As we age, our teeth can become more vulnerable to cracking or fracturing due to a wide range of factors, from tooth grinding and trauma, among other causes. You may not have any warning signs at all with a fractured/cracked tooth -or you could suffer from pain, sensitivity, and swelling in the affected area. When it comes to treatment for these fractures, your dentist has several options available that are incredibly tailored depending on where the fracture is located as well as its severity.


What is a cracked or fractured tooth?

Whether you’re young or old, tooth fracture—often referred to as a cracked tooth—can affect anyone. While sometimes it can only be a minor crack on the surface of your tooth, other times, more serious damage may occur. If you think that something is amiss with one of your teeth, don’t wait around; contact a dental professional right away!


What areas of the tooth are prone to cracking?

Your teeth are composed of two distinct parts: an easily visible crown and a root lying below your gums. Both the crown and root have multiple layers that make up each one: enamel, which is a hard white outer layer; dentin, the middle layer; and pulp – soft inner tissue with blood vessels and nerves within it.

Tooth fractures can range from minimal to severe and may impact one or all of its layers. The required treatment for a fractured tooth depends on the severity and location of the breakage. Symptoms like pain and sensitivity could be present; however, some cracks are unnoticeable without professional detection – so make sure you see your dentist as soon as possible. Early diagnosis is essentially key when attempting to repair a cracked tooth.


Causes of a cracked tooth

Age, biting hard foods or objects, bad habits such as gum chewing and ice eating, large dental fillings or a root canal procedure that weakens the tooth structure, teeth grinding (bruxism), and trauma from falls/sports injuries/car accidents can all contribute to serious fractures in your teeth.


What teeth are especially vulnerable to cracking and fracturing?

Fractures are frequently found on the upper front teeth or in the back of your lower jaw (mandibular molars). While one fractured tooth may occur, more severe trauma can cause multiple teeth to fracture. Those with dental cavities have a greater risk of breaking a tooth even when exposed to less significant force.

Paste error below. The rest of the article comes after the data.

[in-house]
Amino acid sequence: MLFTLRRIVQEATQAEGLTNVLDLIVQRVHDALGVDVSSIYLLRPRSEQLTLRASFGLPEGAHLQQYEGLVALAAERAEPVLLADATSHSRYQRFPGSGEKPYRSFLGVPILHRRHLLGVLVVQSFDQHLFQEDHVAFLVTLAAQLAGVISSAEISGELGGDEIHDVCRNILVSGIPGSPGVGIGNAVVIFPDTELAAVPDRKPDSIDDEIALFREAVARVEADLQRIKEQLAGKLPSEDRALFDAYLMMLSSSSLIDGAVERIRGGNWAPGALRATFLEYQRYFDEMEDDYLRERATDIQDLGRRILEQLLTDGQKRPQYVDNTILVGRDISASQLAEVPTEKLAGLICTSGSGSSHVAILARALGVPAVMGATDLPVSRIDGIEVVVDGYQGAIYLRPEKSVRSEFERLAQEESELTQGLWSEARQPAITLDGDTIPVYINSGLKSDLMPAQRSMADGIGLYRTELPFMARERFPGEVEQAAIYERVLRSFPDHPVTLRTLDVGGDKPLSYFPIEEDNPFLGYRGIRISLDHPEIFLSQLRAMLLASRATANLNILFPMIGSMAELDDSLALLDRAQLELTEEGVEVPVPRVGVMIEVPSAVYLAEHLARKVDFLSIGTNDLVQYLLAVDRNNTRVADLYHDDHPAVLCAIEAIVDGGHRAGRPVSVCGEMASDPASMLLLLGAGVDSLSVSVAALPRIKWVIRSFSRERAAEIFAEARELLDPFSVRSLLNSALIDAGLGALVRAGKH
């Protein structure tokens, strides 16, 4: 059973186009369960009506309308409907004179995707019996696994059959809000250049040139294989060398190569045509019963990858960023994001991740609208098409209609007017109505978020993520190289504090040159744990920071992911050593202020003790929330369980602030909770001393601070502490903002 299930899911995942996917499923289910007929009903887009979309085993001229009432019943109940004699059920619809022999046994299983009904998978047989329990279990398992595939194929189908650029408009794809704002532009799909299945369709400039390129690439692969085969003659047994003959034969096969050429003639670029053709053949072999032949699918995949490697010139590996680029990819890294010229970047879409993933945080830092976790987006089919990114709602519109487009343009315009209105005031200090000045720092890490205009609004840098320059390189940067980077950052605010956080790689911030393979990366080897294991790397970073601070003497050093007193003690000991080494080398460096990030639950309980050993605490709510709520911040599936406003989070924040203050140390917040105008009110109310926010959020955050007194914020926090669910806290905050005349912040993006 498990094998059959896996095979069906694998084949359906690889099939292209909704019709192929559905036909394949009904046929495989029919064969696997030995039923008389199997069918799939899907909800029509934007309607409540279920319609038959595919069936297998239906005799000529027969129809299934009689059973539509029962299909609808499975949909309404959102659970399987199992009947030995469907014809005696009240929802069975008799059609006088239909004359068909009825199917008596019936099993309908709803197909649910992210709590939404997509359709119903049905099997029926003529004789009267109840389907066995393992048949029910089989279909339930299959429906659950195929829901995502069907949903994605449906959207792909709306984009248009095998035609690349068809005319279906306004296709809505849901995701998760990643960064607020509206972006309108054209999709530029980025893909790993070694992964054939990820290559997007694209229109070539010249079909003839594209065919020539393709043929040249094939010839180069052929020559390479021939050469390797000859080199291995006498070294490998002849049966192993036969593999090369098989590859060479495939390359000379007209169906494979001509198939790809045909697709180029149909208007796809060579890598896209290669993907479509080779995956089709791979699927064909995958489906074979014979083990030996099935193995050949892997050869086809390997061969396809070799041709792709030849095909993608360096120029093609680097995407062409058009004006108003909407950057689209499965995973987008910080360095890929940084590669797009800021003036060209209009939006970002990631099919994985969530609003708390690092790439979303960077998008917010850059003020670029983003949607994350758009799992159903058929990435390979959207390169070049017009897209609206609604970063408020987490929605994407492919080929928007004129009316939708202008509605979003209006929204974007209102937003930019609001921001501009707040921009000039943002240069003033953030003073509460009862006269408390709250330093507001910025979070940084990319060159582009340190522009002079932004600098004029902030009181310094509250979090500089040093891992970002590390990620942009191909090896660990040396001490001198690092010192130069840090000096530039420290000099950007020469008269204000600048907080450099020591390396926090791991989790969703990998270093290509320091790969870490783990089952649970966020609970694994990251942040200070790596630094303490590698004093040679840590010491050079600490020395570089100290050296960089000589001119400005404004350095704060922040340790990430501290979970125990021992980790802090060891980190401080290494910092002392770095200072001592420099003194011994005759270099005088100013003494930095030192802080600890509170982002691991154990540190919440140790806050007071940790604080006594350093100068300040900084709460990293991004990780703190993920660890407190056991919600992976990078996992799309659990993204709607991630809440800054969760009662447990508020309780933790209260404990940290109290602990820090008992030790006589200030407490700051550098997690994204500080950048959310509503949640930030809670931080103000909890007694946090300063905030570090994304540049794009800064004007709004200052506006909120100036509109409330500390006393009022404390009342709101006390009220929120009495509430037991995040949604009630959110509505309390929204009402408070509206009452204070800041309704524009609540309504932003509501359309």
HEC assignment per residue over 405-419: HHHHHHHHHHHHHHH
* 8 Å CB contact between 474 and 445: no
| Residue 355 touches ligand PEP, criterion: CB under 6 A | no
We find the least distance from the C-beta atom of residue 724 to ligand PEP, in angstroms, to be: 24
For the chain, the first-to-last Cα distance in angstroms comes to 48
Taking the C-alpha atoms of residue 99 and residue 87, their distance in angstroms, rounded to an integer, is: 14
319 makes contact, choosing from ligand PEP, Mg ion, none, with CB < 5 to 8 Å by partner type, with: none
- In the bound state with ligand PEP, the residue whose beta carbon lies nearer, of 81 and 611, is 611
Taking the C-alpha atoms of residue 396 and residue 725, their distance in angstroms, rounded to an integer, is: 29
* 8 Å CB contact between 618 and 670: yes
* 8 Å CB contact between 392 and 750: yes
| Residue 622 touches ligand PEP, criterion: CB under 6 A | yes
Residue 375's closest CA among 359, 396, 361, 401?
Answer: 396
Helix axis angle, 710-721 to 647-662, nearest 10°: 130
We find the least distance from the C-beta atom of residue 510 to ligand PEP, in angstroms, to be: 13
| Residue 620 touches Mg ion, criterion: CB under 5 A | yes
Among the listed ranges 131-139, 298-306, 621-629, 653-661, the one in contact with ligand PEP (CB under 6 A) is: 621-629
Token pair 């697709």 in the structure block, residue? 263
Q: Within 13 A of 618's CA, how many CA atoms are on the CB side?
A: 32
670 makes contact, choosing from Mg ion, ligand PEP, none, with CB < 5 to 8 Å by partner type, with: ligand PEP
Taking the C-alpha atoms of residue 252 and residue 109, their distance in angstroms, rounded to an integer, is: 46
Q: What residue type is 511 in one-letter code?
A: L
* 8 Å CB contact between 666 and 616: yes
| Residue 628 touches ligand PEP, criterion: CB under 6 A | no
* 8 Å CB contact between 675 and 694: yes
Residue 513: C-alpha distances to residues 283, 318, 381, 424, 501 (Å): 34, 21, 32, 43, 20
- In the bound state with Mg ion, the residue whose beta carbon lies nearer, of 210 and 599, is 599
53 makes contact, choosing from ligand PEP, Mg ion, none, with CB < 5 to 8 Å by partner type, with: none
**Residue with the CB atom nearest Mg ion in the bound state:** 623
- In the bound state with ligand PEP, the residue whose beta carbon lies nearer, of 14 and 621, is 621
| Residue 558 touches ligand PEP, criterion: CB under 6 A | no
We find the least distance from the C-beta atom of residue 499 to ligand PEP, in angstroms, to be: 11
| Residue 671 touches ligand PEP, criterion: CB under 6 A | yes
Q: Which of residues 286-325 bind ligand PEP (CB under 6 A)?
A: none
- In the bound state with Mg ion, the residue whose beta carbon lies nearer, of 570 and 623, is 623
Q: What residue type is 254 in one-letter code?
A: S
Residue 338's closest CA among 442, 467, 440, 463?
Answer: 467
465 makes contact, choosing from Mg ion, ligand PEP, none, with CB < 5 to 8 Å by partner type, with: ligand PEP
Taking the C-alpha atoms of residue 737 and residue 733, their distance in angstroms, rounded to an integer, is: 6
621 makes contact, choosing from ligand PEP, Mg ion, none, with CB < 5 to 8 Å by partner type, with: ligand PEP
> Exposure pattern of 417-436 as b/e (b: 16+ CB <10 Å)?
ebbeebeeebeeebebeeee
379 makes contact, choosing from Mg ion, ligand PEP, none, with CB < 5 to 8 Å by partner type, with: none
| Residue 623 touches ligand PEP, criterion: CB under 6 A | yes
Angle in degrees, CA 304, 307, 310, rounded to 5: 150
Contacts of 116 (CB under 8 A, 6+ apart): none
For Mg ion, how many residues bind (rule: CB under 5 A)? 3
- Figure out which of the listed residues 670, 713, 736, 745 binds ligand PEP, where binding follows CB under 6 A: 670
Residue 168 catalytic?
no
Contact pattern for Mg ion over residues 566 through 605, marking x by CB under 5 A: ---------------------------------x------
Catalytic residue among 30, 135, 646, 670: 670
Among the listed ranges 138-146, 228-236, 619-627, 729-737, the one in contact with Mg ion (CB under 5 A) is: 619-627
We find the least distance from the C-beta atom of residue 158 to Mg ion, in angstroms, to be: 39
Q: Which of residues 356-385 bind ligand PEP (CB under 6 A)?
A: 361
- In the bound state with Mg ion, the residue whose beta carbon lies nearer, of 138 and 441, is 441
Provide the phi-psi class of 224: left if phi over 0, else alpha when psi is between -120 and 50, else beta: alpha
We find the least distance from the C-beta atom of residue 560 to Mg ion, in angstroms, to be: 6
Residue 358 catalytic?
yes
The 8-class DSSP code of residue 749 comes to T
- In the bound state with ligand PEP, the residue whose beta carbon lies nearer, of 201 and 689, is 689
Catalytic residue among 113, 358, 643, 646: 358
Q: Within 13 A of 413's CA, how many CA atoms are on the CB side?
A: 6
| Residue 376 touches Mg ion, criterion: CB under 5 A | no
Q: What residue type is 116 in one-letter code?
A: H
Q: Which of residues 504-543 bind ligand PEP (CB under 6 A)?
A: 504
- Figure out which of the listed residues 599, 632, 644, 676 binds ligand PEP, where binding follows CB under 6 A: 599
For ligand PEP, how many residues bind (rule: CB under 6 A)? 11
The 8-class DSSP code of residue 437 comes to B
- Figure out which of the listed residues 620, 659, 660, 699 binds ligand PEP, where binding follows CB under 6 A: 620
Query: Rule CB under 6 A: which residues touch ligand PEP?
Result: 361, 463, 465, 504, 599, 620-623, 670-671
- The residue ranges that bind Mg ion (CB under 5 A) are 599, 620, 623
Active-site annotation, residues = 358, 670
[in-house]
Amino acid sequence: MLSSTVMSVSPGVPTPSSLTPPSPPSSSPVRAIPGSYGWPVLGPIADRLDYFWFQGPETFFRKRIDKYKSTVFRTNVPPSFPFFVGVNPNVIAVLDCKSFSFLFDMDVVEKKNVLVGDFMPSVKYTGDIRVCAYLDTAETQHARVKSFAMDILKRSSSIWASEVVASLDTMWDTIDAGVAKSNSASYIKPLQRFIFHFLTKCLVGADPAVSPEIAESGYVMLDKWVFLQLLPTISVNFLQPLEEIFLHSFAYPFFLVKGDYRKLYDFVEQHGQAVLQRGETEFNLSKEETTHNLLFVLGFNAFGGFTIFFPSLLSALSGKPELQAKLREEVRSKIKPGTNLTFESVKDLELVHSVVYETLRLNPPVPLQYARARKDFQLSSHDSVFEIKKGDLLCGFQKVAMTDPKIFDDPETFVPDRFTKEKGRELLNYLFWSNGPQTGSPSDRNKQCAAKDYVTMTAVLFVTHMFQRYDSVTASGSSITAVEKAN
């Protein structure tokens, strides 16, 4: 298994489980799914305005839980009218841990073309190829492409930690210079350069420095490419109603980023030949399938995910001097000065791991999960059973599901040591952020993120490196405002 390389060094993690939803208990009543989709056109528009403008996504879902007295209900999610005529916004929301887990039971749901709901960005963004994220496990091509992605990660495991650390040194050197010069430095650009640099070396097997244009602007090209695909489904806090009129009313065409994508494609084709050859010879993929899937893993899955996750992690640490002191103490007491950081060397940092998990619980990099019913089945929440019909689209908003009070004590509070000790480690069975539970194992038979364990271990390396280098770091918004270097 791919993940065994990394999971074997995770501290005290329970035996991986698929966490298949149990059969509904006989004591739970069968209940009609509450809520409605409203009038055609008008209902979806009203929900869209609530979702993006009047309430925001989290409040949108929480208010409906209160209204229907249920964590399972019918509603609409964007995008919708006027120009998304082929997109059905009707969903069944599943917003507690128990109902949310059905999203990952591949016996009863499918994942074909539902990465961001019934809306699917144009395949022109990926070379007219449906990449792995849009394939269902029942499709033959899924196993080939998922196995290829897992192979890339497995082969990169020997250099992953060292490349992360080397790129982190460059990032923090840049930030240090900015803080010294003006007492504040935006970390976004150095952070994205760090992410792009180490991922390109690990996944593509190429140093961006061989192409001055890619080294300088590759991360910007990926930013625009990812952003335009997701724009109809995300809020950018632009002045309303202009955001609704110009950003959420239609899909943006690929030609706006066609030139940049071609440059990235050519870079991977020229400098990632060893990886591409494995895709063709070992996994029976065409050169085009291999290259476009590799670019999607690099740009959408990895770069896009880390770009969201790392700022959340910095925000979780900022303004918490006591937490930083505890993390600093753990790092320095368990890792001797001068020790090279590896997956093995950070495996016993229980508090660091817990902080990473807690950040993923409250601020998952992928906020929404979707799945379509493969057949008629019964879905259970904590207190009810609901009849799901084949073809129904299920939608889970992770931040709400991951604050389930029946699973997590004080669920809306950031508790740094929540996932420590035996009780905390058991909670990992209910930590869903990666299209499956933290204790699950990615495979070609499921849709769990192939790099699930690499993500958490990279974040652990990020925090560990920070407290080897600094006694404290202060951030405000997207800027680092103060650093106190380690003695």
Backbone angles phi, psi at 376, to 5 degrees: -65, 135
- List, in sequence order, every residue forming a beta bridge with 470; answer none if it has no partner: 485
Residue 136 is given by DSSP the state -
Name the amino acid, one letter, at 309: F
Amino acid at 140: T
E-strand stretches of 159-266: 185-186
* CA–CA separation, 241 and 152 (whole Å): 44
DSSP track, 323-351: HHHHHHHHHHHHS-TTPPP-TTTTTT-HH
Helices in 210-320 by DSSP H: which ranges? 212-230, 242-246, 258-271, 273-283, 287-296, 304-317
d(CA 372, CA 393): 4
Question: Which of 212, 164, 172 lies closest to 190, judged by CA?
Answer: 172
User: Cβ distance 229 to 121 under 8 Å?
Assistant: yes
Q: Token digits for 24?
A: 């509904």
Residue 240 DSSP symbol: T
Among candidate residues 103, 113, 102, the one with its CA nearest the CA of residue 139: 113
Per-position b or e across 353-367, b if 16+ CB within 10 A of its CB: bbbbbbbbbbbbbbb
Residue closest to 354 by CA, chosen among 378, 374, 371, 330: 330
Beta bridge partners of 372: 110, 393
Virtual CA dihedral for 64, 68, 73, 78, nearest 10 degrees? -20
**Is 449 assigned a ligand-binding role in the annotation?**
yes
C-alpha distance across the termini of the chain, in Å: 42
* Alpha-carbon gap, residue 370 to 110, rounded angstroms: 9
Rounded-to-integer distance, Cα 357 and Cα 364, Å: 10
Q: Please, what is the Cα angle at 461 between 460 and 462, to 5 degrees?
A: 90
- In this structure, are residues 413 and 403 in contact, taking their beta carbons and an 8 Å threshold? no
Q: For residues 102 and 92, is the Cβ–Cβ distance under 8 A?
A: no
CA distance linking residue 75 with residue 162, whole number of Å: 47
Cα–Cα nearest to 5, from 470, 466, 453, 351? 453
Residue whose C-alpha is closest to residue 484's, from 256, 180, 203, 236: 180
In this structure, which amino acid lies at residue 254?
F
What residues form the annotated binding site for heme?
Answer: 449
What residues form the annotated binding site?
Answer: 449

What are the symptoms of cracked tooth syndrome?

Cracked teeth may not always present symptoms, but if they do, you should be on the lookout for

  • pain that fluctuates while chewing
  • heightened sensitivity to changes in temperature or sugary foods
  • swelling around the tooth
  • persistent throbbing when biting down.


dental cracks options emergency treatments croydonDiagnosis of a cracked tooth

To identify a cracked tooth, your medical professional will inquire about the signs you’re feeling and what might have led to possibly damaging it. He’ll also ask if any trauma or accident took place. To obtain an accurate assessment of your teeth, seeing a dentist is essential.

Your dental background and whether you excessively grind your teeth or chew on ice cubes or hard food items can be the questions that he may pose during this visit.

Your dentist will:

  • Examine your tooth to determine if it’s fractured or has been completely knocked out (avulsed).
  • Request that you clench a stick between your teeth to gauge the presence of discomfort.
  • Carefully examine your teeth for any visible fractures.
  • Take a close look at your gums for signs of swelling, which may be an indicator that vertical fractures are irritating.
  • Utilise transillumination to reveal a fracture and inspect your tooth by passing light through it.
  • Enhance the visibility of a tooth crack by staining it with a specialised dye.
  • To identify fractures and other issues, like bone loss, you should get an X-ray of your teeth. You may even need to receive a 3D scan known as a cone beam CT scan that can display any signs of bone loss caused by the fracture.
  • Utilise specialised instruments to spot the crack (periodontal probing) by monitoring whether or not they become stuck on the breakage.


What are the types of tooth fractures?

Your dentist will classify your fracture as one of the following five categories:

  • Cracked tooth: A vertical fissure extends from the biting surface of your tooth to just below, or even into, your gum line and root.
  • Craze lines (hairline cracks): Microscopic, thin fractures may appear on your tooth’s outermost enamel layer. Remarkably, these craze lines are usually harmless and cause no discomfort!
  • Fractured cusp: As dental filling ages, it will begin to crack and break down. Fortunately, these fractures are usually painless.
  • Split tooth: A visible crack runs from the surface of your tooth to below your gum line, causing it to split into two separate parts.
  • Vertical root fracture: Fractures can often arise underneath the gumline, progressing toward the tooth’s biting surface. Unfortunately, vertical root fractures usually don’t produce any symptoms until your tooth becomes infected.



Is it possible to treat a fractured tooth without visiting the dentist?

You cannot treat a cracked or fractured tooth at home, but you can ease the discomfort before visiting the professional; these steps can be taken: